“At first I felt like walking into a picnic…” Photo by Emilia Ferrara.

Everyone was very nice. The chairs were organized. The altar was evidently covered. The program was issued. The readings, the psalm, the sermon and the Eucharist went like clockwork. But there were some new features on this watch. There was no “Lord,” only “God” and “The Creator” (which was sometimes a feminine pronoun). The “Our Father” paid tribute to both parents, beginning with “Our Father/Mother in Heaven, Hallowed be Thy Name…”

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Nor was there any indignity. About the time we were about to receive Communion, instead of calling ourselves “unworthy,” we prayed for a reminder that we are worthy with Jesus and that we will be healed by His words. Although revised, the liturgy made perfect sense. It was as refreshing as it was heart opening in a totally enlightened yet authentically Catholic way.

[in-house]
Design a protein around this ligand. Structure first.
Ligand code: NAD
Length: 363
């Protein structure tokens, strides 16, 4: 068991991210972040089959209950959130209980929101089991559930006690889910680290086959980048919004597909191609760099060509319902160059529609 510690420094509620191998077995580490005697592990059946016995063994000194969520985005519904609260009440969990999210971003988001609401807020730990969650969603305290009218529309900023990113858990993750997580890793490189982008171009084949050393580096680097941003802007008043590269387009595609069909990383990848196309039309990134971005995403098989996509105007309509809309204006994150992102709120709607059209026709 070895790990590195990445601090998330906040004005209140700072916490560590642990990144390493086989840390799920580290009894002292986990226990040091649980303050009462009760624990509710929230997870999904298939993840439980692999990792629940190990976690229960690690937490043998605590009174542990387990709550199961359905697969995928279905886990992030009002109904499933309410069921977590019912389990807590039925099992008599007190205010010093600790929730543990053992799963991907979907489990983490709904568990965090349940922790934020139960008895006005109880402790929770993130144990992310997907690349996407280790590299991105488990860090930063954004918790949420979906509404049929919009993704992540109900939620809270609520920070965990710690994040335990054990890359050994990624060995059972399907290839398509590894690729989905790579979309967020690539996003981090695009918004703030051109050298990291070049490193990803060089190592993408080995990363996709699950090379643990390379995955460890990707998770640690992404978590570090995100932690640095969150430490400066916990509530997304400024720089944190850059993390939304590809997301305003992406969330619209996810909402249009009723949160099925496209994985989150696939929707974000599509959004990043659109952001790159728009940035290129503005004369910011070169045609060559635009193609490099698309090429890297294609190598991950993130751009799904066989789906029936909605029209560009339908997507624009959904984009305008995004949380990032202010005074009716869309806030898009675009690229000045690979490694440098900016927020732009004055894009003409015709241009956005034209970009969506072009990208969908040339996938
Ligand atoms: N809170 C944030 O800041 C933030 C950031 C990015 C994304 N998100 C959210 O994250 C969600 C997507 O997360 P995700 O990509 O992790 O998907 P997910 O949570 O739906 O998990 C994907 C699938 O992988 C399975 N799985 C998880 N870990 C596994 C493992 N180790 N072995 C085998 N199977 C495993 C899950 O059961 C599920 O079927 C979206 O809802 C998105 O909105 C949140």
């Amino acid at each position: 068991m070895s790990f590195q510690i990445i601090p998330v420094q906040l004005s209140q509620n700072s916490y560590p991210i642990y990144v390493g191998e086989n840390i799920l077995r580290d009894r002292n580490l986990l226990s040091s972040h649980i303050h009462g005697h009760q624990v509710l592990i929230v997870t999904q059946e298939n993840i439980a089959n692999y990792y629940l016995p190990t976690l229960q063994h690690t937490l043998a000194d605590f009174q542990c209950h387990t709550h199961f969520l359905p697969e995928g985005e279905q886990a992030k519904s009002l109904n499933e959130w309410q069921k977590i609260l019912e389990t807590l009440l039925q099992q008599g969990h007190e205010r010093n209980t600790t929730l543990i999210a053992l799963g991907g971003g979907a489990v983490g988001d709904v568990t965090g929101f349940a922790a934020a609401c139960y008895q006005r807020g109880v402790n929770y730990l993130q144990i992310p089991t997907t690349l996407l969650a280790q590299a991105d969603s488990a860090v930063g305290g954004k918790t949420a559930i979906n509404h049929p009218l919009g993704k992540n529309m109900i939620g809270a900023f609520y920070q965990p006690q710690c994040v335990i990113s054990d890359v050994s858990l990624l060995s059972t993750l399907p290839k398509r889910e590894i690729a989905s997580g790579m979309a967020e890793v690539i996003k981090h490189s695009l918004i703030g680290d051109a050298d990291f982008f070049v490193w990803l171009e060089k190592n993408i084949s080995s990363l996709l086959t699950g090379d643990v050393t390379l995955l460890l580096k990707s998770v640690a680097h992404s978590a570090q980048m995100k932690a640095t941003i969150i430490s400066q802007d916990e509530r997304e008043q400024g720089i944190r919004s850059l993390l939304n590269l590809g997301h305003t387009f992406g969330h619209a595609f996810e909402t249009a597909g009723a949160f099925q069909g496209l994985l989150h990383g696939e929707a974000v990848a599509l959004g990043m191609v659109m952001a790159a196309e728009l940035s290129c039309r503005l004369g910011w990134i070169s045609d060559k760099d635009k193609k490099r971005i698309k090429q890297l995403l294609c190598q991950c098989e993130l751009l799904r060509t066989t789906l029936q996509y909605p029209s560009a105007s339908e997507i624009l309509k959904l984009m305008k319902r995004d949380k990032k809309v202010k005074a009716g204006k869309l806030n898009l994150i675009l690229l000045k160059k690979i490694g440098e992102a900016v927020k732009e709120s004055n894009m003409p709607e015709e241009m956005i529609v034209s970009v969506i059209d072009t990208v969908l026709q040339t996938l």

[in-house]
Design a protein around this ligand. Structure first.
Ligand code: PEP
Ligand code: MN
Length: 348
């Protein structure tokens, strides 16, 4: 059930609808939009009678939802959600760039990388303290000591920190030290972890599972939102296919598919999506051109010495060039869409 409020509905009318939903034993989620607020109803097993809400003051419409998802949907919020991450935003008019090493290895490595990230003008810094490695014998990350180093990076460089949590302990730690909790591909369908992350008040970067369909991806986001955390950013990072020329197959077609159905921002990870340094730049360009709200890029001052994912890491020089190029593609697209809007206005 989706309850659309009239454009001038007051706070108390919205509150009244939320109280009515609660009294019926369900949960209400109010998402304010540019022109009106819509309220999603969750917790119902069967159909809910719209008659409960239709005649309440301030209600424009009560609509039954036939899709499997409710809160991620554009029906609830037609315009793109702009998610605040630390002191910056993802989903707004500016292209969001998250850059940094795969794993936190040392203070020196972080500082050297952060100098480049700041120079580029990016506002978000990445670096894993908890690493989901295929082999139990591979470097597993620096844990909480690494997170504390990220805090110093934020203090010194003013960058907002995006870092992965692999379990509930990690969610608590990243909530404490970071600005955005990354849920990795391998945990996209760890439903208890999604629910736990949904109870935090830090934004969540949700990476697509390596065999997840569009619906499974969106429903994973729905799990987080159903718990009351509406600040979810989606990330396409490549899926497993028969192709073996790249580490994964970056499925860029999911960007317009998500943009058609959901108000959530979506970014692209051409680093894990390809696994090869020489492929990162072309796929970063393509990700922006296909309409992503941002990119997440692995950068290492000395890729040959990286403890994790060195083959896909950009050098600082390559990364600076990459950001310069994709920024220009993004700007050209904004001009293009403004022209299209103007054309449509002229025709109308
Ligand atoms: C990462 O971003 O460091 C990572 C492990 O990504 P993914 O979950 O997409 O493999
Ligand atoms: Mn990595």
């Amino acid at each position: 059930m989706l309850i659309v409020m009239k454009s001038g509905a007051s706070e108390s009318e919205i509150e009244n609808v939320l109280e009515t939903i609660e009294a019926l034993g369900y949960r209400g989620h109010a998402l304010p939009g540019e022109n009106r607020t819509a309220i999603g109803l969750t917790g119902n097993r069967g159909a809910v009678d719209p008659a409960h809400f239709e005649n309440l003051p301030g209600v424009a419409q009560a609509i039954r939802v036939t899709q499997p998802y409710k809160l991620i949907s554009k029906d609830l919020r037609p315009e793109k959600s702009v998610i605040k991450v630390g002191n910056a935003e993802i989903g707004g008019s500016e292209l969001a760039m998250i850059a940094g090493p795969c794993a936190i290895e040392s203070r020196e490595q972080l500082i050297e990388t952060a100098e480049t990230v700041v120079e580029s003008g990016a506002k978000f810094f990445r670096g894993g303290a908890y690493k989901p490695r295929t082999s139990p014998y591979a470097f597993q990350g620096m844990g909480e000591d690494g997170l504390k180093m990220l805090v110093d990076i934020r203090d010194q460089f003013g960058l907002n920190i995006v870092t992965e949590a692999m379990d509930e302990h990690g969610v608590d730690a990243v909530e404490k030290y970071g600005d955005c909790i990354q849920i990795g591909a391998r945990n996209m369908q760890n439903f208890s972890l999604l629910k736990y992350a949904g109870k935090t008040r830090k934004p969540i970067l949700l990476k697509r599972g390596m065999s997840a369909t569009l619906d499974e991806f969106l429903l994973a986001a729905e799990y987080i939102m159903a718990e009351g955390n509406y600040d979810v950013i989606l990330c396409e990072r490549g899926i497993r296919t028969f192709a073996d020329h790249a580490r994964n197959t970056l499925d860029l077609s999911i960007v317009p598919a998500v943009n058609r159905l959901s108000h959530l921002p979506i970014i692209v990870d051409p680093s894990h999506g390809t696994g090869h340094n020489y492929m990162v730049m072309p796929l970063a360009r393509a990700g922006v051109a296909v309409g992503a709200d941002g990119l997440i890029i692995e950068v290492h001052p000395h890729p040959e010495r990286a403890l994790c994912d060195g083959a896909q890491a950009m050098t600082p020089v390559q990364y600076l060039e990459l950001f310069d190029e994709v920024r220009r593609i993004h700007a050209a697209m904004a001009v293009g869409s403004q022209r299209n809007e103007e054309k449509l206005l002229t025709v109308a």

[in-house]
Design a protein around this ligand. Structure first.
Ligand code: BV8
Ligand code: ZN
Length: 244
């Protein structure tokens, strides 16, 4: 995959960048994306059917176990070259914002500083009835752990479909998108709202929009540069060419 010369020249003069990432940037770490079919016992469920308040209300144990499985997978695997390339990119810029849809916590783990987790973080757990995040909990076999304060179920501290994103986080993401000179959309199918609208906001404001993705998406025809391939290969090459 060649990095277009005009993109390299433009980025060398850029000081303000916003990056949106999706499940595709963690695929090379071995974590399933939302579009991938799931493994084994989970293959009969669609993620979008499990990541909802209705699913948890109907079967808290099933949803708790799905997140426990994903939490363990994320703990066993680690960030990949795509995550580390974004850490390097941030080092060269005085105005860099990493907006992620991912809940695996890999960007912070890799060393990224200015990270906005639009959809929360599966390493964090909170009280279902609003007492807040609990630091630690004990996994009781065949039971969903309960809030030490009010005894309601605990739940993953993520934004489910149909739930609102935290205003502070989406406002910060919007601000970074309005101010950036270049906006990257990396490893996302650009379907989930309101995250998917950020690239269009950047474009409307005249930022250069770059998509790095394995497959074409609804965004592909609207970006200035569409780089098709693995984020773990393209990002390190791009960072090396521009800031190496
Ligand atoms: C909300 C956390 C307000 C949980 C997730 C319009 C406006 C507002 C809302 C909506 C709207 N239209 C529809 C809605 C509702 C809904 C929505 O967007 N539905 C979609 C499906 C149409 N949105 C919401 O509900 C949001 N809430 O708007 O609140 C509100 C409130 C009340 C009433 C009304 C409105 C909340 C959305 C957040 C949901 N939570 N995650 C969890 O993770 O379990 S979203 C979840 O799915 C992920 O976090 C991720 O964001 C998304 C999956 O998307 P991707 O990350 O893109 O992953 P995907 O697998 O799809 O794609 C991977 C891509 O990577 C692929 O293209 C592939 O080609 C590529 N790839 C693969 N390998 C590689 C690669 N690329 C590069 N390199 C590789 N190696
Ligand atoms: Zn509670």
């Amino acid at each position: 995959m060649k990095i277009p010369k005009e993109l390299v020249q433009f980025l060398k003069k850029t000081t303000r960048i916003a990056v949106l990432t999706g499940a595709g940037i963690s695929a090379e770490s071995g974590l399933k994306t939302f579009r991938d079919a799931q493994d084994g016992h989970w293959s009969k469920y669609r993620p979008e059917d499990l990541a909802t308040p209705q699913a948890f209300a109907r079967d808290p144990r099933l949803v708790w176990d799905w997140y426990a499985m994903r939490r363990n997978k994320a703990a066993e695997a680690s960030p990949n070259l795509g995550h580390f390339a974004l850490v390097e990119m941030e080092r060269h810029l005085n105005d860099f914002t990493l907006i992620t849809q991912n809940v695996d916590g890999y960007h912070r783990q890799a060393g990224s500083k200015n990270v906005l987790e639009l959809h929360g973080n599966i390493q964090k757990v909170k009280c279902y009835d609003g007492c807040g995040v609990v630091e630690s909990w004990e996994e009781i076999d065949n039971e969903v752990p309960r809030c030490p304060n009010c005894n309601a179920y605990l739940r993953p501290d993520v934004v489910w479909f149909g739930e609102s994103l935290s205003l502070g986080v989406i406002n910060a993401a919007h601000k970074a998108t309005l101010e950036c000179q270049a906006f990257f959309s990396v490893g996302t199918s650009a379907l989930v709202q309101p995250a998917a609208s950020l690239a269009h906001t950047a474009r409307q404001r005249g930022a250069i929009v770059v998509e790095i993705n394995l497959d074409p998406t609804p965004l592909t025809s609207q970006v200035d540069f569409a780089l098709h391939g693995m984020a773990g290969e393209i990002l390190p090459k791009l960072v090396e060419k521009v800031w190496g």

I could tell you it was very Georgetown for the Cartier watches, pearl necklaces, Celtic cross pendants, tiny rings, diamond earrings, Nantucket reds and talk of summer travel. (Of course, the expected Tevas were there, too). But that’s not what made it Georgetown. I thought back to how a 53-year-old John Carroll started building his school before he even officially owned the land. And it reminded me that it was a hands-on, self-reliant, proactive, and hard-working American spirit that built a new country and that originally defined the community that lived in Georgetown.

Perhaps when I was presented with a torn piece of a gluten-free English muffin (rather than a cross-stamped waffle) and heard “the body of Christ” and said “amen,” I had a hard time believing it really was the body of Christ. Perhaps I was confused that there was no man in a robe to initiate transubstantiation. But do I need a man to tell me I’m a part of the body of Christ? no In fact, I had no doubt that—in the group gathered around me—we were all a new (if somewhat unfamiliar) part of the body of Christ. And to my right, the elderly Catholic woman pinched every crumb in her palm and ate every bite so as not to let any part of Jesus fall to the floor.